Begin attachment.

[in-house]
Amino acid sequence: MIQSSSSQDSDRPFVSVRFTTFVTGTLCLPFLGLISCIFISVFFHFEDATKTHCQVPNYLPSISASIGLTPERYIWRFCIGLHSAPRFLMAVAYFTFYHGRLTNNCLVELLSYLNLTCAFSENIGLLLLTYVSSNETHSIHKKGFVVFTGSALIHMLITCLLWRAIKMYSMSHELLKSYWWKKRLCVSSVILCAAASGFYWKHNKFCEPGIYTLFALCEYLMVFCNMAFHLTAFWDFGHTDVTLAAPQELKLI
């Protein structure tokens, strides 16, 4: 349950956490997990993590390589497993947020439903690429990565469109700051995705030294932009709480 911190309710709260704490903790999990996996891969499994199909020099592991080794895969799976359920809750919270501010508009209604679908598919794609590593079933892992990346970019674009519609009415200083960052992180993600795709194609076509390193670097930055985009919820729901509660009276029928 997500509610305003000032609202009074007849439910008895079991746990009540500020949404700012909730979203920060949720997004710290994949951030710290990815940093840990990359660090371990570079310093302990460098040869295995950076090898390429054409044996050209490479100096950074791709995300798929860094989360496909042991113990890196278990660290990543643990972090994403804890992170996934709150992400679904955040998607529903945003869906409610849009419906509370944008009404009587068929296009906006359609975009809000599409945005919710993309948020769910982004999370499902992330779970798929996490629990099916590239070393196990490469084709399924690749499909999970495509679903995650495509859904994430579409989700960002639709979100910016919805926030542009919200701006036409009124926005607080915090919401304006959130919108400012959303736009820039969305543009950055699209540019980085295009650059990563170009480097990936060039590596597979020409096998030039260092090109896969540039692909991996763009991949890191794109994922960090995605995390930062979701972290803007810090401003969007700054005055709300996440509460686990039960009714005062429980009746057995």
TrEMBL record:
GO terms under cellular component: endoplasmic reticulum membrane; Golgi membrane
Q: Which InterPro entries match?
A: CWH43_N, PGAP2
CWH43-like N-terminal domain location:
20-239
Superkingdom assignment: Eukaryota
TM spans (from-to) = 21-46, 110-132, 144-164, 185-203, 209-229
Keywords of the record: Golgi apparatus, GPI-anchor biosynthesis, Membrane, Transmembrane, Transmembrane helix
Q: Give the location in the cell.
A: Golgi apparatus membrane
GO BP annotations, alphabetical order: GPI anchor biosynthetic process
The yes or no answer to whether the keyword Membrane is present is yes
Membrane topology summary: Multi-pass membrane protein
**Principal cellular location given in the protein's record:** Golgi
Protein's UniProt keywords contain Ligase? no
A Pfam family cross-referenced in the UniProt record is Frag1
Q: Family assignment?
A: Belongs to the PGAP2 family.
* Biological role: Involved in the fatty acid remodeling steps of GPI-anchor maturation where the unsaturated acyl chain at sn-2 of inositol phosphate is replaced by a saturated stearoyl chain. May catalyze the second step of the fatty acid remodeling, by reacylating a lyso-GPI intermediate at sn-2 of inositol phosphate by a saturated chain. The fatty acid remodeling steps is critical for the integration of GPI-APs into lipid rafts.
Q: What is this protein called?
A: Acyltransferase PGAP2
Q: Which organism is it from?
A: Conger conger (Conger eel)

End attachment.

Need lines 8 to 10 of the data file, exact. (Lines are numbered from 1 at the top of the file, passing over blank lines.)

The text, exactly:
CWH43-like N-terminal domain location:
20-239
Superkingdom assignment: Eukaryota